Automating prescription services in Africa for real-time anonymous drug consumption


The lack of comprehensive data on pharmaceutical consumption in Africa makes it difficult for governments and pharmaceutical companies to gain market intelligence on medicine use. By automating prescription services, mPharma provides patients with faster and surer access to needed medications, alerting doctors with real-time drug reaction monitoring, and the delivery of real-time anonymous drug consumption and diagnostic market analysis to doctors, pharmacies, and pharmaceutical providers

“The IMS Institute estimates that pharmaceutical spending in Africa will reach US$45 billion by 2020. However, the lack of comprehensive data on pharmaceutical consumption makes it difficult for governments and pharmaceutical companies to gain market intelligence on medicine use.”

This is “The Problem” that mPharma set out to solve.

Their intended solution is best expressed in their “Vision,” which is “To provide patients and caregivers access to high quality medicines and information, while enabling health ministries and pharmaceutical companies to obtain real-time pharmaceutical and health information.”Image2

To achieve this, mPharma set out three primary goals:

• Delivering Paperless Prescription services to automate and thereby dramatically improve the process of prescribing, locating, and obtaining needed drugs.

• Providing real-time health monitoring of adverse drug reactions leveraging simple message service (SMS) which is already widely used in Africa.

• Giving governments, hospitals, doctors, and pharmacies subscription-based access to real-time anonymous drug consumption and diagnostic market analysis services.

Microsoft Accelerates Fulfillment of the Vision
Achieving these goals would require not only financial support, it would require technological and business process support as well. To obtain these, mPharma applied to the Microsoft Ventures Accelerator Program. For promising early-stage startups or first-time entrepreneurs, Microsoft Accelerators are immersive programs aimed at “squeezing the countdown to launch” and “creating great businesses at breakneck pace.”

Participants receive four months of strong mentoring, technical guidance and connections to other startups. They are also onboarded onto Microsoft Azure and receive US$5,000 worth of Azure services per month for the first year of operation.  Once the startup ball is rolling, participating start-ups are introduced to global seed funds that offer the opportunity to receive strategic investments to propel their business to the next level. Currently, about 80% of the over 200 start-ups graduating the program have been awarded funding averaging US$1.5M in the first round.

Image3“One of our board members was actually a mentor in the Accelerator program,” explains mPharma co-founder and CEO Gregory Rockson. “At that time we had already begun to develop our solutions and realized that the research and other resources available in a program like the Accelerator would be very valuable, so we applied immediately.” mPharma was one of only eleven applicants accepted.

Improving Healthcare through Pharmaceutical Lifecycle Tracking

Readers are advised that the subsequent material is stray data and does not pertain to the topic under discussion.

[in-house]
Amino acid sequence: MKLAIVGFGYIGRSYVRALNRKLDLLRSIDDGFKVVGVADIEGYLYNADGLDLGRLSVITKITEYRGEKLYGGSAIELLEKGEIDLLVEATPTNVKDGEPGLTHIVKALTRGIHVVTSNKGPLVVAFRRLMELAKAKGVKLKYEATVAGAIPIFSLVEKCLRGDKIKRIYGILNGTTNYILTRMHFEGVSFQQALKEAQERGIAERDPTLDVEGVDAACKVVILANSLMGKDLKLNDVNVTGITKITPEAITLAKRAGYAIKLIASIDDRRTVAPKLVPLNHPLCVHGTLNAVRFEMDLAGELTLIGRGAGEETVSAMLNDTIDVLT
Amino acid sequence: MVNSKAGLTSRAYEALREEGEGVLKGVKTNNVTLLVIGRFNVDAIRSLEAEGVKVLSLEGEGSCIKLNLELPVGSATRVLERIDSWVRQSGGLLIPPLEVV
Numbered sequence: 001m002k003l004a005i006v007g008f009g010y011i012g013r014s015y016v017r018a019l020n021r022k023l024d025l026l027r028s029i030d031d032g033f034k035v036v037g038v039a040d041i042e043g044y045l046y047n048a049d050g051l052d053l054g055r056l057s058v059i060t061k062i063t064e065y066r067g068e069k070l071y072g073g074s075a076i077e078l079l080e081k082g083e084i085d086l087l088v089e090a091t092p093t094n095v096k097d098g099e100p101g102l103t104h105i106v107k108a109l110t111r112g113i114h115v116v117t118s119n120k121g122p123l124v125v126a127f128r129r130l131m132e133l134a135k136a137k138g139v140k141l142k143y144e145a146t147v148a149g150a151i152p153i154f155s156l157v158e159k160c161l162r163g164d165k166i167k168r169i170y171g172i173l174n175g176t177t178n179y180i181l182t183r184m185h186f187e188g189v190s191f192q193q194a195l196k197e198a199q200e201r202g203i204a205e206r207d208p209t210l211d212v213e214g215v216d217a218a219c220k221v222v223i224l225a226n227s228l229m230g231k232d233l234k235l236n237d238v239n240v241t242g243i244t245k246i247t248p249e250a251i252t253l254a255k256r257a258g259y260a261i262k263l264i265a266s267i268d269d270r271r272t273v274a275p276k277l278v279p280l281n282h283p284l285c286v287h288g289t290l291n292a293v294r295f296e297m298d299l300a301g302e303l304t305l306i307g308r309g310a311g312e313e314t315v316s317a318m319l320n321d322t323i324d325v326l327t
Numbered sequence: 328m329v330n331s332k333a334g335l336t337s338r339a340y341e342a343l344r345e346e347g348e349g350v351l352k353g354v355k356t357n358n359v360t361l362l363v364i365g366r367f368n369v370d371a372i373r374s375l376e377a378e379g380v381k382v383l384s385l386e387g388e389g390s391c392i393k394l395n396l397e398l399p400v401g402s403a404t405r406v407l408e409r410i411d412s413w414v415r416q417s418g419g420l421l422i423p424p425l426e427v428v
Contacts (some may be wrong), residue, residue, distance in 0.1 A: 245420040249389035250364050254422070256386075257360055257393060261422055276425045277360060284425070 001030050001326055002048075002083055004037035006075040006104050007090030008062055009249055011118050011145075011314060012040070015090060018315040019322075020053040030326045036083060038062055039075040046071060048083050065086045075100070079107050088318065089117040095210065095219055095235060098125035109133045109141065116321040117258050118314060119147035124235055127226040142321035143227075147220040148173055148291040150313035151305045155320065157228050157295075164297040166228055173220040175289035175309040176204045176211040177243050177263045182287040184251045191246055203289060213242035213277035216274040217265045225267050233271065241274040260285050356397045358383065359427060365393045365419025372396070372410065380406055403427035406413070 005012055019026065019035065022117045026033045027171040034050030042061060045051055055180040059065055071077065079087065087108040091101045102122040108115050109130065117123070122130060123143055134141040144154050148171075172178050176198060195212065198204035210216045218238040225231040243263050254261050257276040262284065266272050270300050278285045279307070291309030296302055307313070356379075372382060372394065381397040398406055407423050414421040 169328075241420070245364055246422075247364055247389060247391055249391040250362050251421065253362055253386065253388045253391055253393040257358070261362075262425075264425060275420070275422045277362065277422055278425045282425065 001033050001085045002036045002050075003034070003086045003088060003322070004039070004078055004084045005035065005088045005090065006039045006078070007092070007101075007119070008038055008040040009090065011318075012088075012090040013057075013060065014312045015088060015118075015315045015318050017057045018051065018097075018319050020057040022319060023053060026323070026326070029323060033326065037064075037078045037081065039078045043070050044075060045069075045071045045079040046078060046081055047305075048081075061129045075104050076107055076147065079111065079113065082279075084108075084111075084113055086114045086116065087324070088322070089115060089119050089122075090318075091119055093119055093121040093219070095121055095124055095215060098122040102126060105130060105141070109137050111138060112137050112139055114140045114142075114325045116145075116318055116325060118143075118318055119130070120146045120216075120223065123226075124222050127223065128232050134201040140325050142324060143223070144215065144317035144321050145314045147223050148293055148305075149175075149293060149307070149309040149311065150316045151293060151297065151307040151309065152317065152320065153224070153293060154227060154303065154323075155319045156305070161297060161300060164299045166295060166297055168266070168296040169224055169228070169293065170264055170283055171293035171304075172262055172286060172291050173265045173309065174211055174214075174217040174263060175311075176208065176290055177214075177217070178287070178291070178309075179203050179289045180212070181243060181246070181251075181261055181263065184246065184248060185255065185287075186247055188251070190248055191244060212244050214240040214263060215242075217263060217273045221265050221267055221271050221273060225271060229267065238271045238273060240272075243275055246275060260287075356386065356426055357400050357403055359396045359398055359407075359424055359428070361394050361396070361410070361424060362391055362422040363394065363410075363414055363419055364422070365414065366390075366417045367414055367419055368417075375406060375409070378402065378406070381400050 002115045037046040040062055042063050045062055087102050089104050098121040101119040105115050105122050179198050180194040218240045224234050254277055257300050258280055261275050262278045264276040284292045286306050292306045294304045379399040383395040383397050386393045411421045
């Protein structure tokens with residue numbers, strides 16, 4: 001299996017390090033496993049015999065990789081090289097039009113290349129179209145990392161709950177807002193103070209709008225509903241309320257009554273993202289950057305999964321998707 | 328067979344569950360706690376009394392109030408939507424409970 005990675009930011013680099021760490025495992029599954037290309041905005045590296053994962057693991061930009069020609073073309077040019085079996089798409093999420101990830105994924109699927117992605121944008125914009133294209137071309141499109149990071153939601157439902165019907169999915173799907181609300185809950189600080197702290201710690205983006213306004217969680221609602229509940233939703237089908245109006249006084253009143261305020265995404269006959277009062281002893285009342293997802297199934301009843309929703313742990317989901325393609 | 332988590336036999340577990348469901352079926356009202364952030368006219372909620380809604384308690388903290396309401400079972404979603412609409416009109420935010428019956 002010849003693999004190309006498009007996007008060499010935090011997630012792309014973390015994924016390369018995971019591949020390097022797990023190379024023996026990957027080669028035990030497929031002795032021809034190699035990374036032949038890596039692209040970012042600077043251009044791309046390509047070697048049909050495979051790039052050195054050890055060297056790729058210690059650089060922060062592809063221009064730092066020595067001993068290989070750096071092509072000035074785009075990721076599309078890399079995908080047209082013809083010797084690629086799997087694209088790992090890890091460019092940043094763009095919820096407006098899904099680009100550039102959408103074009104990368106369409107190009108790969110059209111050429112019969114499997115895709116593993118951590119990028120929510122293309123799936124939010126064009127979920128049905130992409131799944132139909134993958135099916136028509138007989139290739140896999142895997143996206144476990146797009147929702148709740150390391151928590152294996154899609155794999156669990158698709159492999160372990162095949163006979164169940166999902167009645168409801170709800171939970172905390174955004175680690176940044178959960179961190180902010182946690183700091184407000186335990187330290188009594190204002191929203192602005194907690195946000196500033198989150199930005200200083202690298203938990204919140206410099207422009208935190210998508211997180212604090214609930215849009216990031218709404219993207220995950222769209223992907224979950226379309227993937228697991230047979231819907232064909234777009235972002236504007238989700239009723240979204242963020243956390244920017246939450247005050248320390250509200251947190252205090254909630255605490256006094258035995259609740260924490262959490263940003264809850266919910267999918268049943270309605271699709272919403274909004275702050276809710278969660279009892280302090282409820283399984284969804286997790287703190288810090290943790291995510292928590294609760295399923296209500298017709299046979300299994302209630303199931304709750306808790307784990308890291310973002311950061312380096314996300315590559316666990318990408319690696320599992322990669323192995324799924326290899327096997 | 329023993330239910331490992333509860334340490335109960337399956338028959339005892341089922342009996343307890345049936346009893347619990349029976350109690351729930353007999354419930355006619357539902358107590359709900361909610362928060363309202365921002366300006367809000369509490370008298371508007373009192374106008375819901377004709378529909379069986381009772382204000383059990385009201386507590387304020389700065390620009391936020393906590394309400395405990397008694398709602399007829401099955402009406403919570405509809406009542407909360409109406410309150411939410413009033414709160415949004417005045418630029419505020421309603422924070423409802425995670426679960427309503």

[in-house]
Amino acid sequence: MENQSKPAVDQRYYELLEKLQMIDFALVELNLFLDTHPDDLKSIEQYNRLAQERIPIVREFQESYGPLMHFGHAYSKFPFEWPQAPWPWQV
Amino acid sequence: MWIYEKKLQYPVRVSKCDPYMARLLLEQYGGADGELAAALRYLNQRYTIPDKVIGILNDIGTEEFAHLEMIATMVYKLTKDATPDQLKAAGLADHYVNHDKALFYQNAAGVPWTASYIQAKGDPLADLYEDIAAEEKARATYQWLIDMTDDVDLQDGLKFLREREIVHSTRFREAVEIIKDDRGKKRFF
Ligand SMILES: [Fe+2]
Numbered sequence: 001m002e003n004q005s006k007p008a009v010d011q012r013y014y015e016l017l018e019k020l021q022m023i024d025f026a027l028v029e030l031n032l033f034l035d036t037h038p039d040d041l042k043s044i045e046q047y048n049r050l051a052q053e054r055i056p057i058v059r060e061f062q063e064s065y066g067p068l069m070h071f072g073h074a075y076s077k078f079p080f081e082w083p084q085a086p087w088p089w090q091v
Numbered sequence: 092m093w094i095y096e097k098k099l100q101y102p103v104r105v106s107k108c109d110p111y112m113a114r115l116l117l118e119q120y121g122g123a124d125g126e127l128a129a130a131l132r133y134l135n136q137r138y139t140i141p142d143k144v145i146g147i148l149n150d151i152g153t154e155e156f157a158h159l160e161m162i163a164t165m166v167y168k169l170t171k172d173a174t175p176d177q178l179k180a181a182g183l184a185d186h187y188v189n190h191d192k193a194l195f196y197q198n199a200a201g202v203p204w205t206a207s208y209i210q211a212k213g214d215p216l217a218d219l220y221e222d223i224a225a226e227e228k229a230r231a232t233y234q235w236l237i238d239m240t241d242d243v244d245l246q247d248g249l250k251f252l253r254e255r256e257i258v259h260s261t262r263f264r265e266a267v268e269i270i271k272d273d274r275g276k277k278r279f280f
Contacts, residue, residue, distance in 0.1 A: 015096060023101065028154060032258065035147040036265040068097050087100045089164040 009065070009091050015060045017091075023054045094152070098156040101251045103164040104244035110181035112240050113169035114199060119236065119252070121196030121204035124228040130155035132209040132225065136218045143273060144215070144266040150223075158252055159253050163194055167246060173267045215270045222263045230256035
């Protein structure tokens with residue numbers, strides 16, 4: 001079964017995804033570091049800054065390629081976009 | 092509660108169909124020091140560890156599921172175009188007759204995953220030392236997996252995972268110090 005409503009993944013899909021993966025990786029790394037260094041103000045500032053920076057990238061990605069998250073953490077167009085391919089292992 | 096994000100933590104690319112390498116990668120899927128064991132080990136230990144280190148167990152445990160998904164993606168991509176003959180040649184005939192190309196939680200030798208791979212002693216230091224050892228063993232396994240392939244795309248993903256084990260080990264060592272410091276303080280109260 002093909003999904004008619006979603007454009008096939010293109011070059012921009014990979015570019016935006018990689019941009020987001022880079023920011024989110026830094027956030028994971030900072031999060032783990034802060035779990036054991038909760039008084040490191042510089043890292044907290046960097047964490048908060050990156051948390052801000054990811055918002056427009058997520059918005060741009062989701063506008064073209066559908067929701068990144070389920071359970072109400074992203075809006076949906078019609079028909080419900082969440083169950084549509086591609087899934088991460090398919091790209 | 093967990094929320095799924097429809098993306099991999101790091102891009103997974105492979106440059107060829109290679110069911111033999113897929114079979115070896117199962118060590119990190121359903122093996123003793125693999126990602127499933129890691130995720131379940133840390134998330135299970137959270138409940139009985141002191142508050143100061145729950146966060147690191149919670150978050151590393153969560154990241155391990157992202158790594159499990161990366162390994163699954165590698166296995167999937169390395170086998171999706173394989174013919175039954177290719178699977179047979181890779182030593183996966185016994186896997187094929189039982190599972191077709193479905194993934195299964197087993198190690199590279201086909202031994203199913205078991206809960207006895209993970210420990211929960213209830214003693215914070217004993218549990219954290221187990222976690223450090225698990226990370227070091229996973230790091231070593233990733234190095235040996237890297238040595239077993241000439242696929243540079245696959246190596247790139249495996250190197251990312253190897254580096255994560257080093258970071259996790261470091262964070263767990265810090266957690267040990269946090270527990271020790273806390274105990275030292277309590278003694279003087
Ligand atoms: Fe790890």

mPharma’s solution begins in the doctor’s office when they prescribe medications. Formerly these prescriptions were written on paper. The patient would then attempt to fill the prescription, often finding it unavailable in the pharmacies they visited. Once they did find it and obtain it the flow of information ended.

Now, doctors enter prescriptions into the Azure-cloud-accessible mPharma database, which informs the patient of the nearest pharmacy that has their medication in stock. mPharma provides a plug-in for the pharmacies to link their inventory information systems to. Upon being prescribed the patient receives a code via SMS, which can be received on any mobile phone, they are not required to possess a smartphone!

The patient subsequently reports their use of the medication and any adverse reactions via SMS as well. The individual data can be used by the doctor for follow-up, and the aggregated data is then used anonymously to provide real-time utilization data that governments, hospitals, and pharmacies use to learn more about doctors’ prescription practices, patient usage, and other patterns important to better management of healthcare delivery.

“Let’s say a company like Novartis wants to introduce a new malaria drug into a country like Zambia,” explains Rockson. “They can use our data to help them pinpoint where in-country the drug is most needed and then track how well that drug performed!”

Azure an Ideal Platform for Open Source DevelopmentImage4
There are many applications required to connect mPharma to the doctors who write the prescriptions, the pharmacies that fill them, the patients reporting any drug interactions or other adverse effects, and the government and pharmaceutical providers who use the reporting. To accomplish this, the mPharma development team leveraged a wide variety of open source platforms, databases, and other software engines including MongoDB, PostgreSQL, Django, Redis, RabbitMQ, Angular.js and Node.js. These also included Linux distributions such as Ubuntu for their node server and CentOS for their database server.

“We have yet to run into any issues with Azure,” remarks mPharma Chief Technical Officer James Finucane, “and it tends to perform as well or better than other solutions we have tried!”